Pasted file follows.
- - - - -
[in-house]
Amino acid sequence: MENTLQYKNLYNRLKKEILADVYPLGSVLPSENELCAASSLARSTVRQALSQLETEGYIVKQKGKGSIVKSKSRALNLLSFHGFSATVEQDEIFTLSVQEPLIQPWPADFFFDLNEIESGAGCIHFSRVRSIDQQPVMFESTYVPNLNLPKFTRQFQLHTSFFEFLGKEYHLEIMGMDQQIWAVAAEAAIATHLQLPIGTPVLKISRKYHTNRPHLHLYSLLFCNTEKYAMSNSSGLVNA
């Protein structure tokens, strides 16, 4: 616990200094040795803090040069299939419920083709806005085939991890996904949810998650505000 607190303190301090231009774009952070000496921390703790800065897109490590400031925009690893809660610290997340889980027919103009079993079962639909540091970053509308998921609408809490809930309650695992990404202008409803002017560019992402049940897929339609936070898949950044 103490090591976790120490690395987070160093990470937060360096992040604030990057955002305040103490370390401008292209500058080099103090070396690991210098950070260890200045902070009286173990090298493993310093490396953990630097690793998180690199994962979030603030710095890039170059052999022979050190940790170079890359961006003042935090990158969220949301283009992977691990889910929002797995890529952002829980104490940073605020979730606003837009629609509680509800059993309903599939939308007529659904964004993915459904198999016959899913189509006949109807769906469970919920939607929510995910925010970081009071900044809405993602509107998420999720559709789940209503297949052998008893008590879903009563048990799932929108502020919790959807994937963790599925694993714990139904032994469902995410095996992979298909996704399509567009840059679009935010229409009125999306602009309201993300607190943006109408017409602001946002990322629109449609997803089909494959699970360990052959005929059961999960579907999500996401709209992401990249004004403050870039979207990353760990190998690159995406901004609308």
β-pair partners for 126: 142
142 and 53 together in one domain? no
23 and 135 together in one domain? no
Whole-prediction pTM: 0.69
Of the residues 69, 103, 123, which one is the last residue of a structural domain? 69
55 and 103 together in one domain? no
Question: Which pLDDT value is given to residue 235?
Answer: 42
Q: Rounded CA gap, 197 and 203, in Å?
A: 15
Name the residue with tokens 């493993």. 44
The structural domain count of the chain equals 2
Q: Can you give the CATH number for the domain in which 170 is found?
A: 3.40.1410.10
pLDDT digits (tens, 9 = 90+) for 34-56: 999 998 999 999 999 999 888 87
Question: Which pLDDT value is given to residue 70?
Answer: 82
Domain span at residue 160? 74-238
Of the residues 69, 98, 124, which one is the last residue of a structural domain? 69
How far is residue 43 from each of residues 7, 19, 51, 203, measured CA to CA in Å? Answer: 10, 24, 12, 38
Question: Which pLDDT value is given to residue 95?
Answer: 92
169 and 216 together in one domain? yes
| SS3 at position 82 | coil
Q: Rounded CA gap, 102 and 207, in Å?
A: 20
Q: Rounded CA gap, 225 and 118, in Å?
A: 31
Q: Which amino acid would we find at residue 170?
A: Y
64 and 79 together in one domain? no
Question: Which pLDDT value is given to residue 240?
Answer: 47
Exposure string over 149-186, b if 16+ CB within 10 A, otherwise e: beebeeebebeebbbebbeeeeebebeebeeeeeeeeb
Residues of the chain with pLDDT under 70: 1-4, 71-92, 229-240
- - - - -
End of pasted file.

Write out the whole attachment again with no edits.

[in-house]
Amino acid sequence: MENTLQYKNLYNRLKKEILADVYPLGSVLPSENELCAASSLARSTVRQALSQLETEGYIVKQKGKGSIVKSKSRALNLLSFHGFSATVEQDEIFTLSVQEPLIQPWPADFFFDLNEIESGAGCIHFSRVRSIDQQPVMFESTYVPNLNLPKFTRQFQLHTSFFEFLGKEYHLEIMGMDQQIWAVAAEAAIATHLQLPIGTPVLKISRKYHTNRPHLHLYSLLFCNTEKYAMSNSSGLVNA
């Protein structure tokens, strides 16, 4: 616990200094040795803090040069299939419920083709806005085939991890996904949810998650505000 607190303190301090231009774009952070000496921390703790800065897109490590400031925009690893809660610290997340889980027919103009079993079962639909540091970053509308998921609408809490809930309650695992990404202008409803002017560019992402049940897929339609936070898949950044 103490090591976790120490690395987070160093990470937060360096992040604030990057955002305040103490370390401008292209500058080099103090070396690991210098950070260890200045902070009286173990090298493993310093490396953990630097690793998180690199994962979030603030710095890039170059052999022979050190940790170079890359961006003042935090990158969220949301283009992977691990889910929002797995890529952002829980104490940073605020979730606003837009629609509680509800059993309903599939939308007529659904964004993915459904198999016959899913189509006949109807769906469970919920939607929510995910925010970081009071900044809405993602509107998420999720559709789940209503297949052998008893008590879903009563048990799932929108502020919790959807994937963790599925694993714990139904032994469902995410095996992979298909996704399509567009840059679009935010229409009125999306602009309201993300607190943006109408017409602001946002990322629109449609997803089909494959699970360990052959005929059961999960579907999500996401709209992401990249004004403050870039979207990353760990190998690159995406901004609308």
β-pair partners for 126: 142
142 and 53 together in one domain? no
23 and 135 together in one domain? no
Whole-prediction pTM: 0.69
Of the residues 69, 103, 123, which one is the last residue of a structural domain? 69
55 and 103 together in one domain? no
Question: Which pLDDT value is given to residue 235?
Answer: 42
Q: Rounded CA gap, 197 and 203, in Å?
A: 15
Name the residue with tokens 């493993």. 44
The structural domain count of the chain equals 2
Q: Can you give the CATH number for the domain in which 170 is found?
A: 3.40.1410.10
pLDDT digits (tens, 9 = 90+) for 34-56: 999 998 999 999 999 999 888 87
Question: Which pLDDT value is given to residue 70?
Answer: 82
Domain span at residue 160? 74-238
Of the residues 69, 98, 124, which one is the last residue of a structural domain? 69
How far is residue 43 from each of residues 7, 19, 51, 203, measured CA to CA in Å? Answer: 10, 24, 12, 38
Question: Which pLDDT value is given to residue 95?
Answer: 92
169 and 216 together in one domain? yes
| SS3 at position 82 | coil
Q: Rounded CA gap, 102 and 207, in Å?
A: 20
Q: Rounded CA gap, 225 and 118, in Å?
A: 31
Q: Which amino acid would we find at residue 170?
A: Y
64 and 79 together in one domain? no
Question: Which pLDDT value is given to residue 240?
Answer: 47
Exposure string over 149-186, b if 16+ CB within 10 A, otherwise e: beebeeebebeebbbebbeeeeebebeebeeeeeeeeb
Residues of the chain with pLDDT under 70: 1-4, 71-92, 229-240